It’s been a while since I visited the subject of Waterford United. Work commitments, holidays and visits from people who really wouldn’t appreciate the value of a trip to the RSC have meant that I haven’t been to see the Blues in months, and tonight against Wexford Youths will maintain that pattern. The next likely date is September 3 against Derry City. Hopefully I’ll be so broke after shelling out €70 for some event in Dublin that I won’t be able to go to that either . . .

Not going for various reasons is one thing. Not commenting is another matter, and there’s no point in pretending that the manner in which the Blues’ season has imploded hasn’t helped keep the interest levels up. At the time of writing the Blues have 38 points from 22 games. When you consider that they took 18 from their first 6 games, you can see just how badly things have gone since that flying start. Having already fallen outside the playoff spots, something that didn’t happen to them until the last few games of last season, it’s going to take something pretty extraordinary to salvage anything from this campaign.

It’s doubly galling for fans of the Blues because underlying all interactions is the hope that things would get better if someone got the cheque book out. When I started following Waterford United again (not that I ever followed them with much gusto at any point in the past), the priority was to be financially prudent. Looking at the manner in which Liverpool have sailed so close to Leeds United-style penury – and they ain’t clear of the storm yet – it was crucial that the Blues not engage in any splurges. To their credit, there doesn’t seem to be any evidence that the Management Committee have done this. But the temptation to do that, and particularly for the fans to demand it, must be overwhelming. No club in Ireland has greater untapped potential. Spend the money now, get the fans through the turnstiles, reap the rewards later – right? Wrong, as the experience of Bohemians in Europe will tell you, but that won’t stop people dreaming when the fiscally sound model isn’t working, as it clearly is not working at the moment.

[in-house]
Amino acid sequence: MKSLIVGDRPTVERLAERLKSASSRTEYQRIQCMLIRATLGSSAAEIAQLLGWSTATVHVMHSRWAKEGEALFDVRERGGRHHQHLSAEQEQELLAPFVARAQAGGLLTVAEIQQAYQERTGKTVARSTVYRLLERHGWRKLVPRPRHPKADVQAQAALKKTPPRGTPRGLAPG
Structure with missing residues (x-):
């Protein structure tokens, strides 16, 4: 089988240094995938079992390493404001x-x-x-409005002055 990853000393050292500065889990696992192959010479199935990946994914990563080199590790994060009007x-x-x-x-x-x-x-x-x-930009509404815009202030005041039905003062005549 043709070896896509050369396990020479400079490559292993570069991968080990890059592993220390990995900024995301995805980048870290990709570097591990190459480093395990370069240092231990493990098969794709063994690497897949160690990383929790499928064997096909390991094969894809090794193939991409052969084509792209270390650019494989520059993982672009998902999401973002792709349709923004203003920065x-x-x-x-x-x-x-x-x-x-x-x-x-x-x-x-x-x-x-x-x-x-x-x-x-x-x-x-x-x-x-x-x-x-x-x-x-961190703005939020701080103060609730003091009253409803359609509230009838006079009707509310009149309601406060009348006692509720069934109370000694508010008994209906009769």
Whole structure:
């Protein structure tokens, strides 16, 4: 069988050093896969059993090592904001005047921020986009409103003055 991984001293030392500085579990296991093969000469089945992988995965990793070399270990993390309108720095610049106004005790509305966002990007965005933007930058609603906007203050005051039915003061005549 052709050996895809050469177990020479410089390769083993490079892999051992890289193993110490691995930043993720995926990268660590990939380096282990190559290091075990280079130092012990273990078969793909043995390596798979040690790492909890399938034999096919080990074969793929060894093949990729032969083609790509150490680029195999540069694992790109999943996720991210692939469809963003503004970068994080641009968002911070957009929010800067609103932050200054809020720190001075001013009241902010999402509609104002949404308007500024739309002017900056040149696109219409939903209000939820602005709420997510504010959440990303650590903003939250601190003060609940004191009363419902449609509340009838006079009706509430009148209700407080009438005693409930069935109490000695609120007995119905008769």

(It’s easy to say this at the moment now that Waterford are competitive – Wexford fans would probably not feel the same way – but it does make you kinda grateful for the GAA’s model. When it comes to supporting a team you have to play the hand that your place of birth has dealt you. That has its own set of frustrations, but at least expectations can’t be inflated by the possibility of Roman Abramovich riding to the rescue.)